Details emerge into shooting death of Newman Police Cpl. Ronil Singh

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On the night Newman Police Cpl. Ronil Singh was fatally shot, the officers and deputies responding to help him thought he’d been kidnapped.

Law enforcement had already cordoned off the area of the shooting with crime scene tape and search teams were being assembled when a Merced County sheriff’s deputy, arriving at the scene at least 12 minutes after the shooting, spotted Singh’s body.

During the preliminary hearing Tuesday for Paulo Virgen Mendoza, the man charged with Singh’s murder, Deputy Satveer Sohal testified that he asked other law enforcement at the scene “about the status of the body, and they weren’t aware of it.”

Sohal said that when he heard this, he ran to the body and saw that it was Singh, then yelled for the others to come help.

Mendoza is accused of fatally shooting Singh at Merced Street and Eucalyptus Avenue in Newman just before 1 a.m. on Dec. 26, 2018, when he pulled him over on suspicion of driving under the influence. The Stanislaus County District Attorney’s Office is seeking the death penalty against Mendoza.

The preliminary hearing, to determine if there is enough evidence for Mendoza to stand trial, began Tuesday and is expected to last four days.

Turlock Police Officer Sarah Breier, who was a Newman officer at the time, was the first to arrive at the scene about a minute after Singh called off on the radio, “Shots fired! I’ve been hit!”

She testified that when she arrived, she saw Singh’s patrol vehicle on the side of road; the driver’s side door and back hatch were open, and there were shell casing on the ground nearby.

Breier said she searched all around the vehicle but couldn’t find Singh. She then walked up to a family of three people who were standing nearby crying. They told her that they had heard shots and came out to see a gray truck leaving the area and that Singh was possibly inside.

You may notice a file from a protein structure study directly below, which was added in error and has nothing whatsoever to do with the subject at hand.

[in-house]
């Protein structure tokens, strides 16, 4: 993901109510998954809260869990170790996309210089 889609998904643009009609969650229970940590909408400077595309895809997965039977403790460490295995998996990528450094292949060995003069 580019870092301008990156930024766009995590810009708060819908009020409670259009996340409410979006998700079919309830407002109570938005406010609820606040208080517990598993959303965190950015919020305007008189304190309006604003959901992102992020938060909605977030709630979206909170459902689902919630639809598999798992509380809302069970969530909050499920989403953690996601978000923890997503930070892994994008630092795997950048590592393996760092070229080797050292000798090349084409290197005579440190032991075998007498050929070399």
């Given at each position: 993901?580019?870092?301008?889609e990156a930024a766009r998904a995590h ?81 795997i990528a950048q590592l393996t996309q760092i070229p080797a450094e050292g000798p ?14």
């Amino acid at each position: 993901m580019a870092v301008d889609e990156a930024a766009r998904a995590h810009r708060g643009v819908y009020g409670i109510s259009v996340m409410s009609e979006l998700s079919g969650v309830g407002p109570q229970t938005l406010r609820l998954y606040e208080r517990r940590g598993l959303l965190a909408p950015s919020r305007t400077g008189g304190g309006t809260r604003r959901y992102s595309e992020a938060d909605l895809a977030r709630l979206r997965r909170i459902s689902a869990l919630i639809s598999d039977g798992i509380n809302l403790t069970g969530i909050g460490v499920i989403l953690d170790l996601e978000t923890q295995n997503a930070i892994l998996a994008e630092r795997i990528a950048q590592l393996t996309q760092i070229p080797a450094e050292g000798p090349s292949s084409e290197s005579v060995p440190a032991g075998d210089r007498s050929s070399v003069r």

The search for Ronil Singh

That is what started the frantic search for the pickup and for Singh.

Breier got back into her vehicle and headed east out of town. She saw a Stanislaus County sheriff’s deputy at Hills Ferry and Stuhr roads who told her he had seen a gray truck heading north on nearby River Road, she testified.

She followed River to Crows Landing Road, where she met with other law enforcement before she went back to the scene.

At that point, Singh had been located. Breier rode in the ambulance with him to the hospital. She said he was never conscious or had any vital signs during that time.

About a dozen of Singh’s family members and friends attended Tuesday’s hearing in a courtroom with limited capacity because of the coronavirus outbreak. Some, including his wife, left while a 911 dispatch recording was played in which Singh calls for help. Those who stayed, including the dispatcher who was testifying to the recording’s contents, wept as it played.

Two people who encountered Mendoza in the minutes before the shooting also testified.

Susana Martinez Rodriguez, a cashier at Newman Foods, said Mendoza purchased cases of Tecate and Modelo beer and a pack of Camel Crush cigarettes before she saw him leave the store and get pulled over by a police officer.

Rodriguez said Mendoza was a regular at the store, though she didn’t know him by name. She said he flirted with her, which made her uncomfortable, and on several occasions came into the store so intoxicated that she had to refuse to sell him alcohol.

Customer says suspect gave him ‘eerie feeling’

Martin Marquez, a customer who was also in the store, testified that Mendoza gave him an “eerie feeling” when he came in. His eyes were glossy and red, and he was giving Marquez a mean look, he testified.

Marquez left the store and headed toward home but saw Singh at the police station, about four blocks from the store.

Marquez said he told Singh about seeing Mendoza at the store and that he appeared intoxicated.

“I told him be careful because he has a look on him like, ‘I wish a mother f—– would …,’” Marquez testified.

Marquez said he went back to the store, where Rodriguez was outside. They saw Singh pull over the gray truck in which they had seen Mendoza arrive.

Rodriguez testified that she heard shots, but Marquez said he did not.

Marquez said he went back inside the store for a few minutes, and when he came back out, the gray truck was gone but the police car remained.

He said he drove up to Singh’s vehicle, which was about four blocks from the store, and couldn’t see anything. He drove around town for several minutes before returning to the scene to find other officers had arrived.

Testimony in the preliminary hearing continues Wednesday.

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Erin has been covering breaking news and crime at The Modesto Bee since 2010. She is a Humboldt State graduate and resides in Oakdale.


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